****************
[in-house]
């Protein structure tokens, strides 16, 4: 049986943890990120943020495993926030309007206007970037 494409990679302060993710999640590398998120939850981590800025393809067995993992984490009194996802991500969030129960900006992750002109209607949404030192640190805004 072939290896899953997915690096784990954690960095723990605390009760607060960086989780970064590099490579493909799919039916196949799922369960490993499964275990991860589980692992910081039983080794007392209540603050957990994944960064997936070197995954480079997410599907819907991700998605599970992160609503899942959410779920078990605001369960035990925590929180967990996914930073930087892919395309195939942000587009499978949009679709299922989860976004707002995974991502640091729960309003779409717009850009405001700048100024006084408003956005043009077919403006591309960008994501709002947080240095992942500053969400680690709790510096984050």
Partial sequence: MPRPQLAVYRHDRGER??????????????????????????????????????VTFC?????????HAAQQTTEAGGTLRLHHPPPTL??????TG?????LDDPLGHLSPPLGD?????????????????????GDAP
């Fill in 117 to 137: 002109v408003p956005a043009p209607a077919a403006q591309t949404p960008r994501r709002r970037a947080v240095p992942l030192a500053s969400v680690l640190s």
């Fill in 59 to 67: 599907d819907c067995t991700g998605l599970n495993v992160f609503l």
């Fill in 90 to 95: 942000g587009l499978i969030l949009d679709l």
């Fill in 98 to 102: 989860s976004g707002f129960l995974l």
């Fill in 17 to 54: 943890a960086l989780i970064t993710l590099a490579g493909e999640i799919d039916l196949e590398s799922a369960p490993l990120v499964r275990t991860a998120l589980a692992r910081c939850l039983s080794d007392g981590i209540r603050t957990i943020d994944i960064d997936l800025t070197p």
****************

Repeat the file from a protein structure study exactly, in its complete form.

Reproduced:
[in-house]
């Protein structure tokens, strides 16, 4: 049986943890990120943020495993926030309007206007970037 494409990679302060993710999640590398998120939850981590800025393809067995993992984490009194996802991500969030129960900006992750002109209607949404030192640190805004 072939290896899953997915690096784990954690960095723990605390009760607060960086989780970064590099490579493909799919039916196949799922369960490993499964275990991860589980692992910081039983080794007392209540603050957990994944960064997936070197995954480079997410599907819907991700998605599970992160609503899942959410779920078990605001369960035990925590929180967990996914930073930087892919395309195939942000587009499978949009679709299922989860976004707002995974991502640091729960309003779409717009850009405001700048100024006084408003956005043009077919403006591309960008994501709002947080240095992942500053969400680690709790510096984050």
Partial sequence: MPRPQLAVYRHDRGER??????????????????????????????????????VTFC?????????HAAQQTTEAGGTLRLHHPPPTL??????TG?????LDDPLGHLSPPLGD?????????????????????GDAP
């Fill in 117 to 137: 002109v408003p956005a043009p209607a077919a403006q591309t949404p960008r994501r709002r970037a947080v240095p992942l030192a500053s969400v680690l640190s």
């Fill in 59 to 67: 599907d819907c067995t991700g998605l599970n495993v992160f609503l």
């Fill in 90 to 95: 942000g587009l499978i969030l949009d679709l």
């Fill in 98 to 102: 989860s976004g707002f129960l995974l």
């Fill in 17 to 54: 943890a960086l989780i970064t993710l590099a490579g493909e999640i799919d039916l196949e590398s799922a369960p490993l990120v499964r275990t991860a998120l589980a692992r910081c939850l039983s080794d007392g981590i209540r603050t957990i943020d994944i960064d997936l800025t070197p």